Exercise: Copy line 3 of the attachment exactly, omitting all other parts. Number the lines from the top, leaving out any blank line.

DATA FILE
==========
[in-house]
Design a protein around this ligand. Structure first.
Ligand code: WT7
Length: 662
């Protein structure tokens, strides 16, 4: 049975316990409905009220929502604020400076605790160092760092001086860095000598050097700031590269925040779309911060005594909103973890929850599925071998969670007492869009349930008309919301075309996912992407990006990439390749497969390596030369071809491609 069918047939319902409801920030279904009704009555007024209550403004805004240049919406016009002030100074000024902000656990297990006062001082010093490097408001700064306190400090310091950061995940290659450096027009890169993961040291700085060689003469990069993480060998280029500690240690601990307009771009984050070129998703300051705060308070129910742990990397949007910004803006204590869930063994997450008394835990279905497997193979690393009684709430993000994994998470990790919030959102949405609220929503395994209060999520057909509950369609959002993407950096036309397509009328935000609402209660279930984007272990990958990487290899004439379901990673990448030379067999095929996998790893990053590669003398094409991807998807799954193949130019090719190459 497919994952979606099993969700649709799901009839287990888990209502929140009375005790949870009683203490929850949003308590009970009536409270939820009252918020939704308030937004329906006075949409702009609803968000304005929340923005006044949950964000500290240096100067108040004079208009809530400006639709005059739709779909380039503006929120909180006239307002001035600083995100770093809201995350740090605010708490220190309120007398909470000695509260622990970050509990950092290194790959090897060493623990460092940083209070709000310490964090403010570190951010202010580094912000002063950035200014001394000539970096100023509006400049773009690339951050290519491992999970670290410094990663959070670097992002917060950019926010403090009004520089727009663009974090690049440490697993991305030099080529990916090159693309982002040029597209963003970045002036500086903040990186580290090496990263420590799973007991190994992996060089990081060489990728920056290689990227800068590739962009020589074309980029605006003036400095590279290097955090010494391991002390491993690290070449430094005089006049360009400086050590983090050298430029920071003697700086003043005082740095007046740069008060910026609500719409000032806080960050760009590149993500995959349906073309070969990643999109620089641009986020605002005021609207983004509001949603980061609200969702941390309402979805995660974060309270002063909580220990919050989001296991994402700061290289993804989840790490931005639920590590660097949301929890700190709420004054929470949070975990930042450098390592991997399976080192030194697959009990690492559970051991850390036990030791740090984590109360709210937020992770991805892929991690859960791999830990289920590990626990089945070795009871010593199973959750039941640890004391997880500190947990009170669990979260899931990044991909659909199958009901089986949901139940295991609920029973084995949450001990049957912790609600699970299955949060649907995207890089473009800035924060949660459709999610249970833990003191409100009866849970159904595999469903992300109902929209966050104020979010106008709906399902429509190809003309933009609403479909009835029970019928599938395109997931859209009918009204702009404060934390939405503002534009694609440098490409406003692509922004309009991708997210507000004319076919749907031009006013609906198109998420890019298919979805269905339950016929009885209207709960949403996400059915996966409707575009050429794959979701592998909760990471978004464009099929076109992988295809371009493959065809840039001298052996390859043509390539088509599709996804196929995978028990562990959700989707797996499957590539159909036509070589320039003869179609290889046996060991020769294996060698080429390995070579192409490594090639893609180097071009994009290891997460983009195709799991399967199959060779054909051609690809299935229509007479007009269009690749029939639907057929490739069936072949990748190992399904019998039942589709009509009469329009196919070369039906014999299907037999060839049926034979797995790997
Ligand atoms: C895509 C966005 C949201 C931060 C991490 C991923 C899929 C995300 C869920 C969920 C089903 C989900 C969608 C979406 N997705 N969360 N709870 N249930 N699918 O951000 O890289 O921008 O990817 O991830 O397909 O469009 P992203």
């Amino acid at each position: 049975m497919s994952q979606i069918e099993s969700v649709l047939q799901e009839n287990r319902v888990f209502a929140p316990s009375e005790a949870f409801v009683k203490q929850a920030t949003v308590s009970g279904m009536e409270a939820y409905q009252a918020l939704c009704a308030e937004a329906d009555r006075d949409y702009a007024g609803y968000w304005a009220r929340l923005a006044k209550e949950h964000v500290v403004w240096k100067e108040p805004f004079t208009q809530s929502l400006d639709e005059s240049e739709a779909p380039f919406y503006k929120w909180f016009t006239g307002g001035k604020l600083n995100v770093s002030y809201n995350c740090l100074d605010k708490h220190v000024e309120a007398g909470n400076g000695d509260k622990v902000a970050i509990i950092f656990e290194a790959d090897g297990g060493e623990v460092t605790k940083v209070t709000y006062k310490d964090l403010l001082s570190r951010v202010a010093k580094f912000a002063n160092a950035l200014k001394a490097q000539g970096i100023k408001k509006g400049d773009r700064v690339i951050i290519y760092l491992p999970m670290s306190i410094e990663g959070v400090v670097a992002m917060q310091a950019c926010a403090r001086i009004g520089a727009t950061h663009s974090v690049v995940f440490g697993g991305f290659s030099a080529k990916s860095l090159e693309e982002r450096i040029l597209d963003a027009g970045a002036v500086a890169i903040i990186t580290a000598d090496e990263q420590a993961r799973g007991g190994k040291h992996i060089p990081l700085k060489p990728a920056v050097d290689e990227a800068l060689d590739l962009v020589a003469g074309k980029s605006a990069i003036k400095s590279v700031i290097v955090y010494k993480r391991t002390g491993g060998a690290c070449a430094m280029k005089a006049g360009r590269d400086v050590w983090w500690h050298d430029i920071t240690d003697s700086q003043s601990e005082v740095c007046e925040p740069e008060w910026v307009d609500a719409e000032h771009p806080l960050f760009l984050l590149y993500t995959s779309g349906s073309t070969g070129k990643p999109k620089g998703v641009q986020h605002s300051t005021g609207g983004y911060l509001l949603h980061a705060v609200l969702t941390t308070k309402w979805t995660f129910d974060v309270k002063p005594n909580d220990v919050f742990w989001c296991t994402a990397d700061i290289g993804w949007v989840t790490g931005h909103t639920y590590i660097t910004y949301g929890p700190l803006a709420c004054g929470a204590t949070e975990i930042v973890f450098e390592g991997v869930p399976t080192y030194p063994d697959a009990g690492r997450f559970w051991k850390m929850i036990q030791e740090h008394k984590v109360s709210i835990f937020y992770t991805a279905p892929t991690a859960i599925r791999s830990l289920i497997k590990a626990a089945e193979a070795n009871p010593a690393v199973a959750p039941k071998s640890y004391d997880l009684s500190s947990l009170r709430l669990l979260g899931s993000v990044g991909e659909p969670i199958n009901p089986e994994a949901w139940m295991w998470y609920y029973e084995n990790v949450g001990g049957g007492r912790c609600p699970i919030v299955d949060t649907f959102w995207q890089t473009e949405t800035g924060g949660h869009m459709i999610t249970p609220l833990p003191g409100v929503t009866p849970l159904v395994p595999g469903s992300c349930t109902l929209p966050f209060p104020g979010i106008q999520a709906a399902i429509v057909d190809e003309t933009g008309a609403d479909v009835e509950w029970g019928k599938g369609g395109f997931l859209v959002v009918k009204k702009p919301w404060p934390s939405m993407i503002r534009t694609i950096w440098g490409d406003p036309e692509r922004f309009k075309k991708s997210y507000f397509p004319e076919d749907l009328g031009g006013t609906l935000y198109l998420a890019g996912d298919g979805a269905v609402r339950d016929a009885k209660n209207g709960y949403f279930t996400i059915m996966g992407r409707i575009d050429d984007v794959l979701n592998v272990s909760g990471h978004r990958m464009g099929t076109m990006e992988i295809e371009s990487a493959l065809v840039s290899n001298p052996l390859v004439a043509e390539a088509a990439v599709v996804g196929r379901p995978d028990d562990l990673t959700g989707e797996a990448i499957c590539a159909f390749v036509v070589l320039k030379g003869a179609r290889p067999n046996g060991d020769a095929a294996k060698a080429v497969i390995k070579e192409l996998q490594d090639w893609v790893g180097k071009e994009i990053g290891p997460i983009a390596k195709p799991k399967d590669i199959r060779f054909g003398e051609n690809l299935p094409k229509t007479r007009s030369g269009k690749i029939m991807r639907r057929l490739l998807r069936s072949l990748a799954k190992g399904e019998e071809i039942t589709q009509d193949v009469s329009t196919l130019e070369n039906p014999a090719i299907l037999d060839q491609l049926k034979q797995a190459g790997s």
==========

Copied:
Ligand code: WT7